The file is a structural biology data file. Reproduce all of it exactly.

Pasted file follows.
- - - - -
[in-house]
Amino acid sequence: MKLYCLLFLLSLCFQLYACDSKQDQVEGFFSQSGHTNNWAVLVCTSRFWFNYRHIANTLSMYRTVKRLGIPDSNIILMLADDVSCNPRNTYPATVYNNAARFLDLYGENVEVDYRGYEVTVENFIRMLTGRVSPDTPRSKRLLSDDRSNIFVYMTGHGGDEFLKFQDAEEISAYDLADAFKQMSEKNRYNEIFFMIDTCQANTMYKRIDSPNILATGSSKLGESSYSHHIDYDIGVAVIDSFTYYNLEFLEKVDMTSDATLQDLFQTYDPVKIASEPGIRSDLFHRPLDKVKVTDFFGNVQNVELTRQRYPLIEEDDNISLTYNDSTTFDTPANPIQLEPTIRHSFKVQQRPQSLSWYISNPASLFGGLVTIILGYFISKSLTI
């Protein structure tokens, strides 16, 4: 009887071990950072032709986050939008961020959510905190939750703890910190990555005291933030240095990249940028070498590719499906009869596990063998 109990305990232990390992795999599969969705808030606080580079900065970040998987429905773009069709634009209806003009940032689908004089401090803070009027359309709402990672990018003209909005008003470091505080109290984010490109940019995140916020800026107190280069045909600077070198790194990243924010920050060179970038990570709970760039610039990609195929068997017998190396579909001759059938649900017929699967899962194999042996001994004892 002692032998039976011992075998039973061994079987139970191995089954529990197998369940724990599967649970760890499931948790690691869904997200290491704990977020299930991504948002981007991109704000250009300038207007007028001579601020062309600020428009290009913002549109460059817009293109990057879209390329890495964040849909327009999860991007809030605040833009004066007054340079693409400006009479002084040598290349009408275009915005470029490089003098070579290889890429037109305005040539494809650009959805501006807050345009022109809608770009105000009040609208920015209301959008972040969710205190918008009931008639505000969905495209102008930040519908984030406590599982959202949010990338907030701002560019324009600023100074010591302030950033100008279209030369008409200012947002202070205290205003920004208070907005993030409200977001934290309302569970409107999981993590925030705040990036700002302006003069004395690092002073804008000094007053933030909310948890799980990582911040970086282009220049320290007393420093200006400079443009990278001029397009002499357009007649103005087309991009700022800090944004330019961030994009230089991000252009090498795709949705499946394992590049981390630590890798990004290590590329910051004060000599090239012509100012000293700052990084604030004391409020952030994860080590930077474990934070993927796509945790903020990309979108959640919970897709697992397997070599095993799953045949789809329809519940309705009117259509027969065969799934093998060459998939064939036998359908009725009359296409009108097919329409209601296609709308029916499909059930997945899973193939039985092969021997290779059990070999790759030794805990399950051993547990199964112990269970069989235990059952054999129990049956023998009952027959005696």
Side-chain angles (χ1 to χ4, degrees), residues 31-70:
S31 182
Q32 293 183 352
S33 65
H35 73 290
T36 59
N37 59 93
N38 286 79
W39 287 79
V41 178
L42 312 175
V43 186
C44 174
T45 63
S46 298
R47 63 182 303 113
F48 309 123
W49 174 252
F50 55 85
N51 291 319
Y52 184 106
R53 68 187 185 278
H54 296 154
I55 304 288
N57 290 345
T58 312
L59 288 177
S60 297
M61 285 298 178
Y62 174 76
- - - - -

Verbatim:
[in-house]
Amino acid sequence: MKLYCLLFLLSLCFQLYACDSKQDQVEGFFSQSGHTNNWAVLVCTSRFWFNYRHIANTLSMYRTVKRLGIPDSNIILMLADDVSCNPRNTYPATVYNNAARFLDLYGENVEVDYRGYEVTVENFIRMLTGRVSPDTPRSKRLLSDDRSNIFVYMTGHGGDEFLKFQDAEEISAYDLADAFKQMSEKNRYNEIFFMIDTCQANTMYKRIDSPNILATGSSKLGESSYSHHIDYDIGVAVIDSFTYYNLEFLEKVDMTSDATLQDLFQTYDPVKIASEPGIRSDLFHRPLDKVKVTDFFGNVQNVELTRQRYPLIEEDDNISLTYNDSTTFDTPANPIQLEPTIRHSFKVQQRPQSLSWYISNPASLFGGLVTIILGYFISKSLTI
């Protein structure tokens, strides 16, 4: 009887071990950072032709986050939008961020959510905190939750703890910190990555005291933030240095990249940028070498590719499906009869596990063998 109990305990232990390992795999599969969705808030606080580079900065970040998987429905773009069709634009209806003009940032689908004089401090803070009027359309709402990672990018003209909005008003470091505080109290984010490109940019995140916020800026107190280069045909600077070198790194990243924010920050060179970038990570709970760039610039990609195929068997017998190396579909001759059938649900017929699967899962194999042996001994004892 002692032998039976011992075998039973061994079987139970191995089954529990197998369940724990599967649970760890499931948790690691869904997200290491704990977020299930991504948002981007991109704000250009300038207007007028001579601020062309600020428009290009913002549109460059817009293109990057879209390329890495964040849909327009999860991007809030605040833009004066007054340079693409400006009479002084040598290349009408275009915005470029490089003098070579290889890429037109305005040539494809650009959805501006807050345009022109809608770009105000009040609208920015209301959008972040969710205190918008009931008639505000969905495209102008930040519908984030406590599982959202949010990338907030701002560019324009600023100074010591302030950033100008279209030369008409200012947002202070205290205003920004208070907005993030409200977001934290309302569970409107999981993590925030705040990036700002302006003069004395690092002073804008000094007053933030909310948890799980990582911040970086282009220049320290007393420093200006400079443009990278001029397009002499357009007649103005087309991009700022800090944004330019961030994009230089991000252009090498795709949705499946394992590049981390630590890798990004290590590329910051004060000599090239012509100012000293700052990084604030004391409020952030994860080590930077474990934070993927796509945790903020990309979108959640919970897709697992397997070599095993799953045949789809329809519940309705009117259509027969065969799934093998060459998939064939036998359908009725009359296409009108097919329409209601296609709308029916499909059930997945899973193939039985092969021997290779059990070999790759030794805990399950051993547990199964112990269970069989235990059952054999129990049956023998009952027959005696």
Side-chain angles (χ1 to χ4, degrees), residues 31-70:
S31 182
Q32 293 183 352
S33 65
H35 73 290
T36 59
N37 59 93
N38 286 79
W39 287 79
V41 178
L42 312 175
V43 186
C44 174
T45 63
S46 298
R47 63 182 303 113
F48 309 123
W49 174 252
F50 55 85
N51 291 319
Y52 184 106
R53 68 187 185 278
H54 296 154
I55 304 288
N57 290 345
T58 312
L59 288 177
S60 297
M61 285 298 178
Y62 174 76